An administrative judge's recent ruling on specialty license plates for the Indiana Youth Group gave the plates a temporary reprieve, but the ruling also offers a reminder of the difference between policy and politics.
Sales of the Indiana Youth Group license plates were suspended in March 2012 after 20 state legislators signed a letter to the Indiana Bureau of Motor Vehicles on the last day of that legislative session, requesting immediate suspension of the group's license plates.
The legislators' letter alleged the Indiana Youth Group and two other organizations were improperly selling low-numbered plates.
The administrative law judge at the BMV ruled the group's actions -- using the low-numbered plates as thank-you gifts associated with different levels of giving -- wasn't selling or auctioning the plates.
So the BMV was wrong to suspend sales of the plates immediately instead of giving the Indiana Youth Group 30 days notice to set things right or defend its actions.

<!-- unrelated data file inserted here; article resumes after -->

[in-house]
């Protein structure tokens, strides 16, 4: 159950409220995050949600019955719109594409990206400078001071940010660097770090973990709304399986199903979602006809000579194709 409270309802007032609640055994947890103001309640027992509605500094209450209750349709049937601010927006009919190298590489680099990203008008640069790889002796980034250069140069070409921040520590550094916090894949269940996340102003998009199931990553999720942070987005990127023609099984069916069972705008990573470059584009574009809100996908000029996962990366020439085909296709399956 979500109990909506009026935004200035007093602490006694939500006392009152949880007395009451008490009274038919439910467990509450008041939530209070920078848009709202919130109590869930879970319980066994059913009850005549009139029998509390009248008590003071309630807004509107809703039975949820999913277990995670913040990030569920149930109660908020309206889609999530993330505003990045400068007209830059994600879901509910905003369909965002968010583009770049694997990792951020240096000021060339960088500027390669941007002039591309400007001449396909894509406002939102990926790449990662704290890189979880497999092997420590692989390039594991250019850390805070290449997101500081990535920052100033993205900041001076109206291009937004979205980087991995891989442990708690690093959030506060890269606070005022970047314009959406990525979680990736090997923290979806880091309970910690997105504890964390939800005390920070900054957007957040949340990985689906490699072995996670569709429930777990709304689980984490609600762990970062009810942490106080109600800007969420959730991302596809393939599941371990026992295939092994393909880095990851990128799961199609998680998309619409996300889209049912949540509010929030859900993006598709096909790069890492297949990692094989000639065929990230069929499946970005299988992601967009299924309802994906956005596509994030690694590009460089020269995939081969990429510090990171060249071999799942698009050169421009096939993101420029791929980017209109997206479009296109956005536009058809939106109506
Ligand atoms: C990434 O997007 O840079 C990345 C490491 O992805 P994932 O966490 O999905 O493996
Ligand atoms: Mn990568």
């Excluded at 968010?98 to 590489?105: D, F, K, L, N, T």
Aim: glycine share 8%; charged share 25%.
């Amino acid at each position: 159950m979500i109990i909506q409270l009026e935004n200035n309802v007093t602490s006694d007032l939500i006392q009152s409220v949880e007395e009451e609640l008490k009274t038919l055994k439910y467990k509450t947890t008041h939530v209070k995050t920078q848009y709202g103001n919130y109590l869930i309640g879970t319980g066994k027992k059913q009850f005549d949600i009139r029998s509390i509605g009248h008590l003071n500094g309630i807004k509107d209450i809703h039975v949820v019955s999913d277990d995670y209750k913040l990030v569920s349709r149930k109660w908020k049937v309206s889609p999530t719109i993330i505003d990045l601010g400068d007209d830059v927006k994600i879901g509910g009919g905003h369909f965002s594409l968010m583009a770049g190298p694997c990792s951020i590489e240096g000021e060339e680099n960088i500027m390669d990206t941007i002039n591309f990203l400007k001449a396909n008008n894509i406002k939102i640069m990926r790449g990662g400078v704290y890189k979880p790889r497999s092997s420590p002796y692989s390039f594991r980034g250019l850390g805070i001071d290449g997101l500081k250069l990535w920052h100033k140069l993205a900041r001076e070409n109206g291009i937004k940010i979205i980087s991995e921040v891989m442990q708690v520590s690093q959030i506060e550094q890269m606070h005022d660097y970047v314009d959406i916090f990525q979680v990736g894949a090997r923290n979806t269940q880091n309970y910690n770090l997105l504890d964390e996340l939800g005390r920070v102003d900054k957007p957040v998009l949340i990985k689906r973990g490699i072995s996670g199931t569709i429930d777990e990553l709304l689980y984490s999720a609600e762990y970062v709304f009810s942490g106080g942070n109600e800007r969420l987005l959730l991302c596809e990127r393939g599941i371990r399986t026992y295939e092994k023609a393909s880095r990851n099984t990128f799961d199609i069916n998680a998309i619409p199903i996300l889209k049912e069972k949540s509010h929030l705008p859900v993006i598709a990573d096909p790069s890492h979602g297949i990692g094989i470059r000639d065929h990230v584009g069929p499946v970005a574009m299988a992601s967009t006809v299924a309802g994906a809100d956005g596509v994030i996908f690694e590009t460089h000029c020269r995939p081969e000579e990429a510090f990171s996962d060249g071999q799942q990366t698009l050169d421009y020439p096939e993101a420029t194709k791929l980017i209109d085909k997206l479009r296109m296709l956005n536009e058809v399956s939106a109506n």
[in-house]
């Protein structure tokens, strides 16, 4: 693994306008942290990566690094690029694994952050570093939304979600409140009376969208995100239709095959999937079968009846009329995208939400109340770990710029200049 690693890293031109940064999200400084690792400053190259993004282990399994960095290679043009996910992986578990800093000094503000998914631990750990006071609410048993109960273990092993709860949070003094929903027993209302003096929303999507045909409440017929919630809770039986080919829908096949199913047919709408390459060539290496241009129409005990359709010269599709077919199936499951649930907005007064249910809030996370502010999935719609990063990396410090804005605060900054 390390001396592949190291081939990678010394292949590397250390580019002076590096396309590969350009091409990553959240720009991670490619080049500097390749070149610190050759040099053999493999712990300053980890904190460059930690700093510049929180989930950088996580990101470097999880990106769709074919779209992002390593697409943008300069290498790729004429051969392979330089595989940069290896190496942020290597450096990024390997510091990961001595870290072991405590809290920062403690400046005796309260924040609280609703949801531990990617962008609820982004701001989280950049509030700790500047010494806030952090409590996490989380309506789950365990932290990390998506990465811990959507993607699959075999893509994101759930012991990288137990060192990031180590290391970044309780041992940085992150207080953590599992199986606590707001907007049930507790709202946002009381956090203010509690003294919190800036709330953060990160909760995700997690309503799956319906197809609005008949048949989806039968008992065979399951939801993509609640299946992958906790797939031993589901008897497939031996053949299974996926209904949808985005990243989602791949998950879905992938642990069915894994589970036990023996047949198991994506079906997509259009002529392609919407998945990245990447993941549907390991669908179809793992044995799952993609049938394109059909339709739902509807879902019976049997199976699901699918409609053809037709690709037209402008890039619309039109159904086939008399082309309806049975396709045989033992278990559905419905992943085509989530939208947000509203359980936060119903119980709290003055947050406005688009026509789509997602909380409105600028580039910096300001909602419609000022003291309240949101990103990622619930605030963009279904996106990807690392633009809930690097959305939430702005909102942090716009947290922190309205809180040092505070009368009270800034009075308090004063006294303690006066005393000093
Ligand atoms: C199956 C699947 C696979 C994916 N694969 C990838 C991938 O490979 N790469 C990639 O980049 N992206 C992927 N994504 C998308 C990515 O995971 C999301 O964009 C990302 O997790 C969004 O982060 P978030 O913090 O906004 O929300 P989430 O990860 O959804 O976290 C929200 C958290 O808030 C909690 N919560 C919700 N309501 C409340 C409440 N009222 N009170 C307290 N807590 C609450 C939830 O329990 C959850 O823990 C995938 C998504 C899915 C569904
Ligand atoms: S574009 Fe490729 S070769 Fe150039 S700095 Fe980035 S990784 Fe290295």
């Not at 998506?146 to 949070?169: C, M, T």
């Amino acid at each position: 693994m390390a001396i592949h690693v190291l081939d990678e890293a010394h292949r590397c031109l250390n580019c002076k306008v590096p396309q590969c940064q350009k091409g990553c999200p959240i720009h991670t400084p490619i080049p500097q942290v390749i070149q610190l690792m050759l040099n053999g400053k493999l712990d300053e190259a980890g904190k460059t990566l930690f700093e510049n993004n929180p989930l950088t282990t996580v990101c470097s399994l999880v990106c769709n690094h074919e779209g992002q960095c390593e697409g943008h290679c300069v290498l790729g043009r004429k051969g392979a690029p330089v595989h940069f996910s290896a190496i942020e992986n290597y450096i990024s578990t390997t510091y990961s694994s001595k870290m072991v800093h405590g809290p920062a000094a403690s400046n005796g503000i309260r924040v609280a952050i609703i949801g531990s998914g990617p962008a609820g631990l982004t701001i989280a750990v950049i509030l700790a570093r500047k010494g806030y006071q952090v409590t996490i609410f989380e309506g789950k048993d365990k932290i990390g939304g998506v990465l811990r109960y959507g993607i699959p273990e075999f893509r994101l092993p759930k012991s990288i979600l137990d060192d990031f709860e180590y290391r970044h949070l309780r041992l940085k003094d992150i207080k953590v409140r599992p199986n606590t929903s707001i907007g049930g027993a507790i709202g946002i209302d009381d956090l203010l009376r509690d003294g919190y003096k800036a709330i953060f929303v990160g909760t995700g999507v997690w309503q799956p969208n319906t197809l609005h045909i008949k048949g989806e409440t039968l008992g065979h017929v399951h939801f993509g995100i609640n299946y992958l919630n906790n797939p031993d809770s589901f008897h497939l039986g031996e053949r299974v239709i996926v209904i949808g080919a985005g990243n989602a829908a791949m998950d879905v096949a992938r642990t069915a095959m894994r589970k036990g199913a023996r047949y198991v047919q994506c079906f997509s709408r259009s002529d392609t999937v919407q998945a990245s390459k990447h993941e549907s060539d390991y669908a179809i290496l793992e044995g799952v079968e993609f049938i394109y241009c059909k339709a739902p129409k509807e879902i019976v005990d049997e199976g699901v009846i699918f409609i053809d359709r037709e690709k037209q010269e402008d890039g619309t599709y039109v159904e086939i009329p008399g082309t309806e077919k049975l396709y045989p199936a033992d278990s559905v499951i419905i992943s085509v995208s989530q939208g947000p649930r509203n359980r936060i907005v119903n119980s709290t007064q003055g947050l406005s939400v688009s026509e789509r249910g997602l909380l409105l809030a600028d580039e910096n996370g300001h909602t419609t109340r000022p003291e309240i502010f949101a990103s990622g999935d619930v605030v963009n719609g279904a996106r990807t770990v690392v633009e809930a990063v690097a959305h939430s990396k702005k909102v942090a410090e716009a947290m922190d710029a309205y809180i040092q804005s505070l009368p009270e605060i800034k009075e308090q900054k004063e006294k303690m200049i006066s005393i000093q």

"While the politics may not have been on our side through this process, we were always confident the facts were," said Mary Byrne, the group's executive director.
The Indiana Youth Group is an Indianapolis-based nonprofit that serves self-identified lesbian, gay, bisexual, transgender and questioning youths.
Would the conservative lawmakers have written the letter if the group were using the specialty plates to raise money for widows and orphans instead of gay youths?
Perhaps, perhaps not. But the legislators' interference injected politics into the administrative process.
The Indiana General Assembly should set the general rules, then leave it to state agencies to apply the rules fairly.